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  5. "Het rijk zal tijdens de veld…

"Het rijk zal tijdens de veldslag aanvallen."

Translation:The empire will attack during the battle.

October 25, 2014



It seems to me that the usage of the word "rijk" is more consistent with the usage of the word "realm" in English. For example, koninkrijk = king's realm (kingdom), keizerrijk = emperor's realm (empire). -- Any thoughts from native speakers?


Perhaps Duolingo was thinking of "The Empire strikes back" and therefore decided to eschew the use of 'realm'.


As a native speaker I agree. In fact think "country" or "nation" would also work. Mainly because "rijk" is a mildly archaic word that has been shifting a bit in it's exact meaning.


Why can't you use 'the kingdom' instead of 'the empire' ?


The way I see it: a KONINKrijk is an empire ruled by someone with the title of a KING - therefore a KINGdom, while a RIJK can be ruled by someone with another title - e.g. an emperor, or a chancelor as in the Third Reich.


Because "kingdom" is translated as "koninkrijk".


Fair enough... But why then does DL require 'empire' instead?!!! Van Dale says rijk = gebied, staat, land


It can apply to those three (the land, the state and the country) for an empire, not for just any country:

  • the Brittish Empire = het Britse Rijk
  • the Japanese Empire = het Japanse Rijk (Japan up to and including WWII)
  • the Roman Empire = het Romeinse Rijk


I equate it to reich in the German sense. However I'm still not sure whether the Rijksmuseum means the "Rich museum" as in full of beautiful and expensive things or the "Empire" or "State" museum? Perhaps an element of both?


Indeed: rijk = reich

It's museum of the state. Rich museum would be rijk museum.


To chartsman: the answer is: because it is het museum and thus het rijke museum, een rijk museum.


My question is rather to Susande but I can't seem to add any further replies so I'm putting it here: why "de RIJK museum" instead of "de RIJKE museum"? The adjective doesn't get the additional "-e" only when the "het"-word it describes is preceded by the indefinite article or no article at all.


To Joelson00: Thank you so much! I got it now, of course it was me who got things wrong from scratch.


Yet other sentences in this very same lesson allow "kingdom" for "rijk".


I checked the Dutch release of The Empire Strikes Back, and was disappointed to see that it was called 'The Empire Strikes Back'. If it were translated, would it be Het Rijk Terugslaan?


English film titles are hardly ever translated in the Netherlands. The Empire strikes back would be: Het Rijk slaat terug


"Het Rijk Terugslaan" would actually be the translation of "Striking Back the Empire" :D


How come this wasn't accepted: during the battle the empire will attack ?


The genders are really a weird thing. I would have never expected a word like "veldslag" to be preceded by "de". All the nouns learnt until now ending with -slag (such as "verslag") were "het"-words and even "veld" is one of them so the logic would suggest "veldslag" should follow suit... Anyway, perhaps the accent is the decisive factor here.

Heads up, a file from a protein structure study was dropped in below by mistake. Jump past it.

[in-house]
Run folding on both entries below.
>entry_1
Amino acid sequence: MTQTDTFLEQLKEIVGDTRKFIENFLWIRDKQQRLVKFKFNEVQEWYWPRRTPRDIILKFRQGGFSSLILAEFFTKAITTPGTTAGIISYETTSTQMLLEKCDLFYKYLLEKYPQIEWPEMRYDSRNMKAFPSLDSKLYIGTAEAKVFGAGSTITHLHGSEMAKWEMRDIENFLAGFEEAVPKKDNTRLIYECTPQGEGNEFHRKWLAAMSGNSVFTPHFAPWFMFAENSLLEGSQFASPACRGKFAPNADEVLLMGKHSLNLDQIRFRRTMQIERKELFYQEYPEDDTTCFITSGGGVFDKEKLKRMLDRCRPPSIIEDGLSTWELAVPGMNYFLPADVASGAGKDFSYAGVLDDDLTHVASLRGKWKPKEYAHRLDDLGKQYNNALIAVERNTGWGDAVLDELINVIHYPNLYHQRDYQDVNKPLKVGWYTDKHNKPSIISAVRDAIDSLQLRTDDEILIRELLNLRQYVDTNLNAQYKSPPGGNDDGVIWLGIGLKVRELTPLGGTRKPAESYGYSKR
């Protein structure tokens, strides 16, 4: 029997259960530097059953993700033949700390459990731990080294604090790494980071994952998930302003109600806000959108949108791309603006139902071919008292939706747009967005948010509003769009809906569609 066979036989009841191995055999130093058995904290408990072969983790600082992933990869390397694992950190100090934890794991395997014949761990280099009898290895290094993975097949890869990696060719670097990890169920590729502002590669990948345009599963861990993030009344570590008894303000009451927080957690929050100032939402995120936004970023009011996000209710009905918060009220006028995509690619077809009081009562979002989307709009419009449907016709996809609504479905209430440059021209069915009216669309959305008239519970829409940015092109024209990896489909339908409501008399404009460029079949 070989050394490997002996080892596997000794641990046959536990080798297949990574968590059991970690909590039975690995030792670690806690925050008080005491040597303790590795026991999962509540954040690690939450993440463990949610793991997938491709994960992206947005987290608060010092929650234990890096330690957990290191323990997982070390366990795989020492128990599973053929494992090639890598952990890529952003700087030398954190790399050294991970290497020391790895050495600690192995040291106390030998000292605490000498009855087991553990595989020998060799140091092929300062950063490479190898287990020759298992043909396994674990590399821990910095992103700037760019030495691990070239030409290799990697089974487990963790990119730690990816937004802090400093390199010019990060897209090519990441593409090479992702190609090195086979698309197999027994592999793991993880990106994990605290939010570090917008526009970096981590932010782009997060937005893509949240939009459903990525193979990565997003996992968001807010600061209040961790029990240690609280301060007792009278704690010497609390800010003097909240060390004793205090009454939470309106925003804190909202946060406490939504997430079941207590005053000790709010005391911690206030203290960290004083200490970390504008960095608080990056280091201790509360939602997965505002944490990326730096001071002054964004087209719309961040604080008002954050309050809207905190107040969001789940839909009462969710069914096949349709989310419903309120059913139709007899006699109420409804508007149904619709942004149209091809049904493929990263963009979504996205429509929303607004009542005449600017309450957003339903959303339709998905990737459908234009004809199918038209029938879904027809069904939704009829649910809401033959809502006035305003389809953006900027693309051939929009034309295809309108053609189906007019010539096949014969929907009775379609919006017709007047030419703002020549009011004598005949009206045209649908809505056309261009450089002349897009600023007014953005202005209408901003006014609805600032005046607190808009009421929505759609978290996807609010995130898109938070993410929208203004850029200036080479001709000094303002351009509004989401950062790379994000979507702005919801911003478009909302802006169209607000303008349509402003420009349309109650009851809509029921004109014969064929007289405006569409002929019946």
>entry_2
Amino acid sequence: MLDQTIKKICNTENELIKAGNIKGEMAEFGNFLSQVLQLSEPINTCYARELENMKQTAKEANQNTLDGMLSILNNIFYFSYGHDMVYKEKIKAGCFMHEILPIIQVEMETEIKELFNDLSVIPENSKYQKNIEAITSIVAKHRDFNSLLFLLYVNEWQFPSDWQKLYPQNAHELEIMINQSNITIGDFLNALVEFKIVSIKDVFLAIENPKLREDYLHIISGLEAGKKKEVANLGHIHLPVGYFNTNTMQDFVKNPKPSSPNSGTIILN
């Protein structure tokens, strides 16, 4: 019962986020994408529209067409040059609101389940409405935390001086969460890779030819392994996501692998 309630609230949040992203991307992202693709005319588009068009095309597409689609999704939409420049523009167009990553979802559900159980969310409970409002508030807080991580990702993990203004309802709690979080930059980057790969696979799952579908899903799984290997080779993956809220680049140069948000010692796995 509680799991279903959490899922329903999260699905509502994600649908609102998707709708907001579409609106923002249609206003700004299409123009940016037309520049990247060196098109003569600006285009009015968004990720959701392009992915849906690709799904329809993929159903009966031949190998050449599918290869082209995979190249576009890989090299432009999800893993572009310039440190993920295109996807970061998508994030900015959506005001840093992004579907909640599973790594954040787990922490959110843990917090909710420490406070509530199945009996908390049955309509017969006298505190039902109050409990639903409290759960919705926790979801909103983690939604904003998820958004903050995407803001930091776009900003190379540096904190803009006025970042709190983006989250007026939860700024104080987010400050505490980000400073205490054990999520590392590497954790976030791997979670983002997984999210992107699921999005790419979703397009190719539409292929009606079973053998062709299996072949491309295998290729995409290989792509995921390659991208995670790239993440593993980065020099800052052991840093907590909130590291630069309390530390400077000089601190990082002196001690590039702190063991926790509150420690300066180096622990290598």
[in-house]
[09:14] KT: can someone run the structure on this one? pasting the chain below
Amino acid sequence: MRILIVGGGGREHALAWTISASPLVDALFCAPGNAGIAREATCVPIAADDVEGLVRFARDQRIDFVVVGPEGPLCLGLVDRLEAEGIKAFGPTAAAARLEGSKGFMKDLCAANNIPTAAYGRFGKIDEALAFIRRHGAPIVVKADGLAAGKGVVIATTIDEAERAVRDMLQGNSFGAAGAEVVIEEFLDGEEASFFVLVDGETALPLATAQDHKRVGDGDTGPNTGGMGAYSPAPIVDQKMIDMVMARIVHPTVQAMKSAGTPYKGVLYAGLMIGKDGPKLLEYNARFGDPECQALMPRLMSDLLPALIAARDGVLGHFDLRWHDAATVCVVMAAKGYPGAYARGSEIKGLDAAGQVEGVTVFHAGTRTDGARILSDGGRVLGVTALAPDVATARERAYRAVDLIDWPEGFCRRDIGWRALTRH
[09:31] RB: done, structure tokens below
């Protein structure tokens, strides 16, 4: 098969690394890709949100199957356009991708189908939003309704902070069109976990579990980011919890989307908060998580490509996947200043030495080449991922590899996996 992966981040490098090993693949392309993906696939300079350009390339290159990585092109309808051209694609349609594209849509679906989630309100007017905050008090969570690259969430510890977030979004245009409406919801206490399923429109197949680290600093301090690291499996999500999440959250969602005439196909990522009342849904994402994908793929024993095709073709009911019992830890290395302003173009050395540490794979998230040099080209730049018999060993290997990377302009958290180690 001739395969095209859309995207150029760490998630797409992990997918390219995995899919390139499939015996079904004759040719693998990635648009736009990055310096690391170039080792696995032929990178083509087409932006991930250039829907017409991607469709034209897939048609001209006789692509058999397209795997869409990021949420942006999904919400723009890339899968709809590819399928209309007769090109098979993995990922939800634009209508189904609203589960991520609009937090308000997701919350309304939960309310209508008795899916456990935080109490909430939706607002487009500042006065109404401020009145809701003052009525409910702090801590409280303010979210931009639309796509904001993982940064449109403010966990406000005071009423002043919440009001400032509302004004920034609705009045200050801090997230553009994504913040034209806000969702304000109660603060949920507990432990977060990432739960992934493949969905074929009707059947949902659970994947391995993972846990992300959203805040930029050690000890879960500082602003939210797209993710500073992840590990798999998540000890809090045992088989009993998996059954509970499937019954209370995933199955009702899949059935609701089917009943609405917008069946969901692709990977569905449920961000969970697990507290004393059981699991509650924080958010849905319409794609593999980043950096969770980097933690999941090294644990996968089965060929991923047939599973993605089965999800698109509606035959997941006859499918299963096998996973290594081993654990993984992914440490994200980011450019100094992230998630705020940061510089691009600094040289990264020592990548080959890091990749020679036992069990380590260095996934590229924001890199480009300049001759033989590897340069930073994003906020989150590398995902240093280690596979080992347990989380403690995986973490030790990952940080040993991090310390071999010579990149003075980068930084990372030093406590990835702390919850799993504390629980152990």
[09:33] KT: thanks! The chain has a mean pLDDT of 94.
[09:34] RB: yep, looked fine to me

With compound words the gender is decided by the last part, thus here 'de slag'. However, some prefixes - like ver - will cause the stem to become neuter as in the case of 'het verslag'.


You probably want to add to that that this only applies to words with two syllables! And even then it is just a general rule, so there may be exceptions.


Good advice. Yes, words ending in -ing are de words (verachting, verademing, verandering, verbanning, verbranding, verdediging, vergadering...) as well as those ending in -heid and -tie and those describing people (de verdediger, de verkrachter, de vermiste). De words with more than 2 syllables are verbintenis, verdienste, verdoemenis and verdommenis, As for exceptions: it is het vergelijk, but also het gelijk; het verhemelte (palate), het verlangen, het verleden, het verlengde..., and on the other side de verkoop. (For lack of space just A-L)


Dank je wel!


'veldslag' has the same etymological roots as English 'field slay' and 'anfallen' (attack) has the same roots as 'fall on'


I too question why realm is not accepted. Empire to me is far more grandiose than kingdom and realm covers both.


Is veldslag linked to the concept of an attack on the field? If I ever said a sea battle or an air battle... what would it be? And so the generic term is veldslag?


I bet it has it origin there, but "veldslag" also means a battle in the air or water. (Because "veldslag", according to van Dale (dictionary), means "a big battle/fight between two armies"). Though I think a battle in water or air will be refered to as "gevecht" (a fight).


am i the only person discussing this sentence who got it right????

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